When your partner doesn’t agree with a Gentle Parenting approach

When we say we follow ‘gentle’ or ‘positive’ parenting practices, that can be very subjective.  We all are different people, and as such we handle situations in our own unique ways regardless of what style we’re using.  And while we may know what gentle parenting means to us, and how to respond to situations based on it, that doesn’t mean our partner has the same definition.  In fact, for purposes of parenting together in a unified way, let’s get rid of the term ‘gentle parenting’ altogether in this article.  If you and your partner are already disagreeing on the methods, just saying that term may be driving a wedge between the two of you.  It separates you, and defines you both as different, when in reality you are one entity with the same goal: parents, raising your children to adulthood. We all know the kind of stress that comes about when we are not on the same page as parents.  Having vastly different styles and not being on the same page can undermine one parent, put strain on the relationship, and make the children tend towards one parent over the other, which can also put strain on the relationships they are having with each of you.

The following are super important for any relationship, and especially when applied to parenting children together:

1. Communication is the MOST important factor in parenting. Tell your partner how you were parented, what you agreed with and what you didn’t like, and encourage him/her to talk about how his/her own upbringing.

2. Compromise. Listen to your partner’s concerns about how you are handling certain situations.  You’re too soft? Not strict enough? Then have your partner demonstrate what he would do in those situations.  Perhaps your partner feels like he is being undermined in the parenting relationship, or that you are swooping in and rescuing your child when he’s trying to parent. After his/her demonstrations, demonstrate yours. If these particular situations come up, explain why you don’t want to yell/hit/send to time out. Be personal, and specific. Only bring up studies and articles if your partner is open to hearing about them or reading them.  If not, it’s best to simply explain why YOU are not going to do these things.  Use a lot of “I” statements.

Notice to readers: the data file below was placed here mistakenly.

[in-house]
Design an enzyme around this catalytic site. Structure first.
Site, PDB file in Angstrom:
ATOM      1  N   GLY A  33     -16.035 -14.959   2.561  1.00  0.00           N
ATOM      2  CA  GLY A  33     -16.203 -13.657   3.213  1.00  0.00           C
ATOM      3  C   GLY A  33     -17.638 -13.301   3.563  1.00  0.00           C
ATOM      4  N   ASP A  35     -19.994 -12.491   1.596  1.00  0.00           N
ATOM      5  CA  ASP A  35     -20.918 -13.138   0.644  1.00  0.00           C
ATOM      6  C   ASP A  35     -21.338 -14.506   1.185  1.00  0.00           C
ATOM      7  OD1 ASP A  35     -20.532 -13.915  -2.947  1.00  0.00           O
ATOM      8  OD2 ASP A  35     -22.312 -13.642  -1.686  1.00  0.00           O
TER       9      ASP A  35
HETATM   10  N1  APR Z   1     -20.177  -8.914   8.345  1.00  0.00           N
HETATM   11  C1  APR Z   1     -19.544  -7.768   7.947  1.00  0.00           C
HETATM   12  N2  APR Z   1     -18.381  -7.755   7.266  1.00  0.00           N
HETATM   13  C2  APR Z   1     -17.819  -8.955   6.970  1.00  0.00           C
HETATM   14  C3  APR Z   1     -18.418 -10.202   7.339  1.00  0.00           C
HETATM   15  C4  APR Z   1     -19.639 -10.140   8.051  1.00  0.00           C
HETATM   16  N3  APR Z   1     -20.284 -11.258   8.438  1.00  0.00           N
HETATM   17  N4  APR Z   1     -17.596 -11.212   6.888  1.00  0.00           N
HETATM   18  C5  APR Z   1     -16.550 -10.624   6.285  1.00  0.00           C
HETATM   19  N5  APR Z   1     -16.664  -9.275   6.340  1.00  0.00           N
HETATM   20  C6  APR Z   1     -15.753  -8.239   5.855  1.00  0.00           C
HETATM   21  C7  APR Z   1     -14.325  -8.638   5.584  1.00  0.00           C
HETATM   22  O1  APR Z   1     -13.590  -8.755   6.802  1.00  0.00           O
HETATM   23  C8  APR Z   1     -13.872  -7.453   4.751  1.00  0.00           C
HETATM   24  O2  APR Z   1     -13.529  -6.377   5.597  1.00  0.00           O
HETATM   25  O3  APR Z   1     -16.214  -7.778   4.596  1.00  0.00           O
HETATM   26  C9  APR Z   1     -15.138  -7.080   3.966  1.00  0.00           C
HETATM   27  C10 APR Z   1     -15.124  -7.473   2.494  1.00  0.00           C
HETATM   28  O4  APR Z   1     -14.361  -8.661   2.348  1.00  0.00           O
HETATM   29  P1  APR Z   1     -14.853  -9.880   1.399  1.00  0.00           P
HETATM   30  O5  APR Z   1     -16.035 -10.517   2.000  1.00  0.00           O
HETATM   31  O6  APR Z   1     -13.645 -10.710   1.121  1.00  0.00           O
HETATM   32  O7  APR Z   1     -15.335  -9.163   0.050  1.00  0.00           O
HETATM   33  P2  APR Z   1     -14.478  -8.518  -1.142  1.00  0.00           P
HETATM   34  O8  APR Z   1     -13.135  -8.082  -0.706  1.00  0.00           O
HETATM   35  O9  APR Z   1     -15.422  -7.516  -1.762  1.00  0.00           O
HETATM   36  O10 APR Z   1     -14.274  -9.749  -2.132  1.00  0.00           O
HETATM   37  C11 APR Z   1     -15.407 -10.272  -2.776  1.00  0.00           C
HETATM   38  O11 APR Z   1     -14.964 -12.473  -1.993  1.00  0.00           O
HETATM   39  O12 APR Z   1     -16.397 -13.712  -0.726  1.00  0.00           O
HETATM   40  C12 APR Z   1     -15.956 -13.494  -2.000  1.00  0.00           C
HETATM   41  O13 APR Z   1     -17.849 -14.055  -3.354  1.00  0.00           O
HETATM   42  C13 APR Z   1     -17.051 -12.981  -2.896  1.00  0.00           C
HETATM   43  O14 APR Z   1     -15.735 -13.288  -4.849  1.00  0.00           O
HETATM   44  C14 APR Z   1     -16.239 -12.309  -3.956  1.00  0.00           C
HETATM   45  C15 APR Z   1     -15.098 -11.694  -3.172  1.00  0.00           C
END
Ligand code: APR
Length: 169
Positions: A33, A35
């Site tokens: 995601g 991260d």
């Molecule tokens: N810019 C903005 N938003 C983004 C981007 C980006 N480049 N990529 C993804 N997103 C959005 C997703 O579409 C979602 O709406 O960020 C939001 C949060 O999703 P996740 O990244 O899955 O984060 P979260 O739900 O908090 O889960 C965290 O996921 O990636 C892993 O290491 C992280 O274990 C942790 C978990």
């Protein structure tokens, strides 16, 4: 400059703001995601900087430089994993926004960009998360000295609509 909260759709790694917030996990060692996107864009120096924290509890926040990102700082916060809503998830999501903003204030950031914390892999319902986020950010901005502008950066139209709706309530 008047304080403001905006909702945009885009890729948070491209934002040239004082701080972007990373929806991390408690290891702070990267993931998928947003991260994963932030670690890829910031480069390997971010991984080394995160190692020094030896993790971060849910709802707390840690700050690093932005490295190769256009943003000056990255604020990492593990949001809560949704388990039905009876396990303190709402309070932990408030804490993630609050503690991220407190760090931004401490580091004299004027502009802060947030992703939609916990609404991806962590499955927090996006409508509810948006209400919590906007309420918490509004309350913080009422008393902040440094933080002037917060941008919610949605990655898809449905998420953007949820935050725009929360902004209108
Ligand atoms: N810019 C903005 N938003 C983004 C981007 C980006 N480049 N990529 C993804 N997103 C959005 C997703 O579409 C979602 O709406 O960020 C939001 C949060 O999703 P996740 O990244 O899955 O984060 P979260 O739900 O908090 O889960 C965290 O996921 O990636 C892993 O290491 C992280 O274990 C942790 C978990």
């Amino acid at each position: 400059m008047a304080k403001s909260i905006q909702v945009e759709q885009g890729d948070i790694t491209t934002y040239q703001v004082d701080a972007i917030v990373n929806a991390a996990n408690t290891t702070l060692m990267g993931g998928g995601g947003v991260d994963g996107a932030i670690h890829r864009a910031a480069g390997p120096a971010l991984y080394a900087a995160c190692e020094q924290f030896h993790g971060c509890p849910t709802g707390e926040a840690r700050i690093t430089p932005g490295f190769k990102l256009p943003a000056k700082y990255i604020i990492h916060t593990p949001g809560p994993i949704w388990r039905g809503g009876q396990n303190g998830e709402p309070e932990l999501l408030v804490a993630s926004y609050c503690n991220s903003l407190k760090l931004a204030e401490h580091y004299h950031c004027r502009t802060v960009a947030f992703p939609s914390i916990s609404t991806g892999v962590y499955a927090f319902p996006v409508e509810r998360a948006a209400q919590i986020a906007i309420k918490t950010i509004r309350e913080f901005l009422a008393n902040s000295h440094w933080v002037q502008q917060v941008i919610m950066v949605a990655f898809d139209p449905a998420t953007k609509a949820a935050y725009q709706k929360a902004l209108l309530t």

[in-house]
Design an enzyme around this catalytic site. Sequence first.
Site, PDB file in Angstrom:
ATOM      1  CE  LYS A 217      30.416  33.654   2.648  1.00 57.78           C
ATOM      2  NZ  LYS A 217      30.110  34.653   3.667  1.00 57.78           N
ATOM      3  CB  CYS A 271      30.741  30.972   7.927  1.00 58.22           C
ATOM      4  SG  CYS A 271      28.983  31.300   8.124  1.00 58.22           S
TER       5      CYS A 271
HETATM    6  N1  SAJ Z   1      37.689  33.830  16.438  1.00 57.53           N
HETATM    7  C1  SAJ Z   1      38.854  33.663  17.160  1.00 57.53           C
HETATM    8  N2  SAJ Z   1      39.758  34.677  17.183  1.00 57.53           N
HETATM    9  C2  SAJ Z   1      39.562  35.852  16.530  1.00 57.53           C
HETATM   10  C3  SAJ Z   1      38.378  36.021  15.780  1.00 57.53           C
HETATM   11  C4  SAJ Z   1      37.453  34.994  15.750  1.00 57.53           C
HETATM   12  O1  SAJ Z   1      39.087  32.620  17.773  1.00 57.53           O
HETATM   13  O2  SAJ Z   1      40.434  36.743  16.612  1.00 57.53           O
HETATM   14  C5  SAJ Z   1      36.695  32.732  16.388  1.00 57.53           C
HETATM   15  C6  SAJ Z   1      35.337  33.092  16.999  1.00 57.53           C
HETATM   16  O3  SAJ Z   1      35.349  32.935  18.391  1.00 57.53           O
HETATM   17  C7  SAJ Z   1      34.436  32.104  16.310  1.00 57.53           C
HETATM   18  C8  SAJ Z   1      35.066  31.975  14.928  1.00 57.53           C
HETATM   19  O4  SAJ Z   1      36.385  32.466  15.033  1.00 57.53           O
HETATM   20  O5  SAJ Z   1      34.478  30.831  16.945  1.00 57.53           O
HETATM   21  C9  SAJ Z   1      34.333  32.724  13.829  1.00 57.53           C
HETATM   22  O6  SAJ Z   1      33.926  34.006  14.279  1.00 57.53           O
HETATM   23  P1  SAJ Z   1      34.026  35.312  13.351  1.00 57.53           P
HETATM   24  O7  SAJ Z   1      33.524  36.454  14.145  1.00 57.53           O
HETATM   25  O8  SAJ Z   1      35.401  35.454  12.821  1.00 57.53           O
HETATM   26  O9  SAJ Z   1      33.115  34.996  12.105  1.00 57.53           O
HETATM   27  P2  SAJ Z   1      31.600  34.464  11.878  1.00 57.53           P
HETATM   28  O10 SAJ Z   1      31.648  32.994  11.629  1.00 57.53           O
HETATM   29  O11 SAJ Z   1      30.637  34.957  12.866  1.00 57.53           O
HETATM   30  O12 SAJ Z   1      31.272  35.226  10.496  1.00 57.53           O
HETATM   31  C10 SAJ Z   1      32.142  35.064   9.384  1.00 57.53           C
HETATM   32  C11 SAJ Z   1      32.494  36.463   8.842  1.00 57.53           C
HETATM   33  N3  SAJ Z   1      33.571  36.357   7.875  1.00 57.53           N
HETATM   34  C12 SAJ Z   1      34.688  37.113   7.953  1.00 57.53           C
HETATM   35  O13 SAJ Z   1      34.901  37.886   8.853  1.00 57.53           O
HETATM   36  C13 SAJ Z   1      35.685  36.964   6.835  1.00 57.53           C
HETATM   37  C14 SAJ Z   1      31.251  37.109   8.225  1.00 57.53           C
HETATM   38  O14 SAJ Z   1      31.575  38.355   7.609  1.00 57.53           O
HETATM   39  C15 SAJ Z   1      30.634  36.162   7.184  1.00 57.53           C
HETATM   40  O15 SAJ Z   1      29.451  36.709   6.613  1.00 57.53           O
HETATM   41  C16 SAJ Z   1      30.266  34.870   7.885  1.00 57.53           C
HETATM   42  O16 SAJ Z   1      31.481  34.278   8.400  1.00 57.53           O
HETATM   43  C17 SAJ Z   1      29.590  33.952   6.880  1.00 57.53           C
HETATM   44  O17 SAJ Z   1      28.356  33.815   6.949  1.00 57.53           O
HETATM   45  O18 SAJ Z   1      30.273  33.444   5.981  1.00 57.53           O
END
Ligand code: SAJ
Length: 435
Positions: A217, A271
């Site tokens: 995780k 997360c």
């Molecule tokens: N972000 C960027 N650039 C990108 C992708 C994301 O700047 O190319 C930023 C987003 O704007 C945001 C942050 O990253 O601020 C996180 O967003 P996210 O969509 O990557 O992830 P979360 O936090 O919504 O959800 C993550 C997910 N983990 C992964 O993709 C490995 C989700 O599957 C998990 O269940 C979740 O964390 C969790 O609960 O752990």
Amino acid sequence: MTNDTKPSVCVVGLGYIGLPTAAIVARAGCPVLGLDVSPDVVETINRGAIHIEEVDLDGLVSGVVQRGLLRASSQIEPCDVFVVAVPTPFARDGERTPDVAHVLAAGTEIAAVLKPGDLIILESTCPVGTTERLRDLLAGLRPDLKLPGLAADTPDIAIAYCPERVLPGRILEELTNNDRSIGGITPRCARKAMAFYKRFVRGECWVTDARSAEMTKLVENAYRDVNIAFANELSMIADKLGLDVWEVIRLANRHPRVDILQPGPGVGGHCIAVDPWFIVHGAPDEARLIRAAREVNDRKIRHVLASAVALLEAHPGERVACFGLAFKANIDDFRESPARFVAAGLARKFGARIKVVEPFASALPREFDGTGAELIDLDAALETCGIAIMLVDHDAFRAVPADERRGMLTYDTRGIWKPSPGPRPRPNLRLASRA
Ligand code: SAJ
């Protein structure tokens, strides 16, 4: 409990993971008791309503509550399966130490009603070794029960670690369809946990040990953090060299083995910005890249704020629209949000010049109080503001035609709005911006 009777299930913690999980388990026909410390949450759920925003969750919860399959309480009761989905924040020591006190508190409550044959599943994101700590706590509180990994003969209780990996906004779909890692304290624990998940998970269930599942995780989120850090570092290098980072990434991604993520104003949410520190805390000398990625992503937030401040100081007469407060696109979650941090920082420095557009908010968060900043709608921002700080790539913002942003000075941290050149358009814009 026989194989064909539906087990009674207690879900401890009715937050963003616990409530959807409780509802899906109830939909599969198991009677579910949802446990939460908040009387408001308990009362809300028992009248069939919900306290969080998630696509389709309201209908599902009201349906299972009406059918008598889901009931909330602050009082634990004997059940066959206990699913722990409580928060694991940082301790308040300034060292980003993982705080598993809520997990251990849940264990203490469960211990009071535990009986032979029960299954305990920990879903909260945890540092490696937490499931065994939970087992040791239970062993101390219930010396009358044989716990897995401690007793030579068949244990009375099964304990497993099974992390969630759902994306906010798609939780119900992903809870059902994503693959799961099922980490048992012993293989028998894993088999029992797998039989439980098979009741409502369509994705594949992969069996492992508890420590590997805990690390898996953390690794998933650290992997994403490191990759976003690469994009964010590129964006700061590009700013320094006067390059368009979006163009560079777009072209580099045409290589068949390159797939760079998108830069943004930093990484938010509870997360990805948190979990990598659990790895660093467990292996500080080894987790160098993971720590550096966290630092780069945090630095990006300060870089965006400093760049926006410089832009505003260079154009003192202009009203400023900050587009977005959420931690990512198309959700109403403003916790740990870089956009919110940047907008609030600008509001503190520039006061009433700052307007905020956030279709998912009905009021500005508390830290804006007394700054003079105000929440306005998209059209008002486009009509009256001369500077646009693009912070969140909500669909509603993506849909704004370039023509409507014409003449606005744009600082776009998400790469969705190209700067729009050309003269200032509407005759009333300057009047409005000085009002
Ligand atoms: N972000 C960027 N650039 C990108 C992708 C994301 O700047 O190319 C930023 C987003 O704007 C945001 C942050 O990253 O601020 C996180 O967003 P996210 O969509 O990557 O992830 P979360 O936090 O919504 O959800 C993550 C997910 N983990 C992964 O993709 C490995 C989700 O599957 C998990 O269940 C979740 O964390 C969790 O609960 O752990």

“I don’t want to yell, because it stresses me out more, and it seems to make the situation worse.  I feel like I have a better handle on the situation if I stay calm.”

“I don’t want to hit/spank when C. does this, because I don’t want her to learn that I solve problems by hitting.  I also want her to learn to hear my words, since I won’t be spanking her when she’s older. Not to mention, the thought of hitting my child really bothers me, and I don’t feel comfortable doing it.”

“I don’t like to send her away by herself when she’s having a meltdown.  I want her to know that I’m here for her, even when she’s unable to control her emotions. I am better able to make the situation better, and faster, when I stay near her.”

Understand, though, that you may in fact be handling situations in a permissive way.  Your partner may see this, even if you’re not realizing it.  It’s ok to take on a more ‘strict’ tone when your child has done something inappropriate, and make sure that when you set a limit you consistently follow through. If your partner feels you should be more stern when addressing your child after he’s hit his brother, then it will not hurt anything to take on a more serious tone.  This sets the stage for compromise, and will allow your partner to feel as though he/she has an equal say in parenting aspect of your relationship.